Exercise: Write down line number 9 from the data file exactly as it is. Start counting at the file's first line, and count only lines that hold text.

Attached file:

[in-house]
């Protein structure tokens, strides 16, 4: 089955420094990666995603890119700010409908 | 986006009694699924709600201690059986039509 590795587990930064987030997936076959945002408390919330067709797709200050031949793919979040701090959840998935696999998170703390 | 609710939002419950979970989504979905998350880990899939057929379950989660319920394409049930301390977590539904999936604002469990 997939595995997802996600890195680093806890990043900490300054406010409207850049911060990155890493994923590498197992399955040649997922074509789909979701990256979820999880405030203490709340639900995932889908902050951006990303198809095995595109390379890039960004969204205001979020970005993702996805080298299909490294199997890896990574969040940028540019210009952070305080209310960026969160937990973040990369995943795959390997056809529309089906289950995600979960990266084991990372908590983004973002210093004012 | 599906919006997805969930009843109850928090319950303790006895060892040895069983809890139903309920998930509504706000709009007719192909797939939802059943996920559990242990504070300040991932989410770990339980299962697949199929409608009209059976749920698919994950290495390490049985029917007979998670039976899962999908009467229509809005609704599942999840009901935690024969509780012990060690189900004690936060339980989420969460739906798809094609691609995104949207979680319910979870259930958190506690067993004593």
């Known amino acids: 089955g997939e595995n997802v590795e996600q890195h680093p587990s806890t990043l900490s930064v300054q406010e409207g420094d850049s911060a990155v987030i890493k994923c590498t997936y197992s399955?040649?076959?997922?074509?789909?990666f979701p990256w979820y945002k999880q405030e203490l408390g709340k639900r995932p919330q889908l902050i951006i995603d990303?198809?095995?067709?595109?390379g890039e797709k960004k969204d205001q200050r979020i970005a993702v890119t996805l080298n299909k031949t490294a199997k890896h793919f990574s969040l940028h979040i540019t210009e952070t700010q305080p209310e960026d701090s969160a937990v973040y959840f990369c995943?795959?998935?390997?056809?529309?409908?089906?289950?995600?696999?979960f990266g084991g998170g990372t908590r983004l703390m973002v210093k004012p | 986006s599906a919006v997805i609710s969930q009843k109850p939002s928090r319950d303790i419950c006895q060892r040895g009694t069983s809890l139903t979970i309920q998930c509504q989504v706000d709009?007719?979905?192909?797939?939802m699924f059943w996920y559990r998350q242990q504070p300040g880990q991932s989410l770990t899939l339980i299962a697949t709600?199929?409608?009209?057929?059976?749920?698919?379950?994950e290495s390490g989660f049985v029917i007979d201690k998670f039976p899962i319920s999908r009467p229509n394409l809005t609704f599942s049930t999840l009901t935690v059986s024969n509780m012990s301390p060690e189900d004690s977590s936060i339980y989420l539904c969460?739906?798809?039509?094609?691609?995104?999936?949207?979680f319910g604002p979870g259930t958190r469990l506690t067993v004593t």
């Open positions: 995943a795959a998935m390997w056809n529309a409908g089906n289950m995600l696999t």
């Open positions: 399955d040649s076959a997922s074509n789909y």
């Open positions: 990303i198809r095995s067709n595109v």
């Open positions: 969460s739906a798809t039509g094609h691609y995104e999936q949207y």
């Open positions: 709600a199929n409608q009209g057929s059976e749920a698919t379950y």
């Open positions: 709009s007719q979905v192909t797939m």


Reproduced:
């Open positions: 709009s007719q979905v192909t797939m």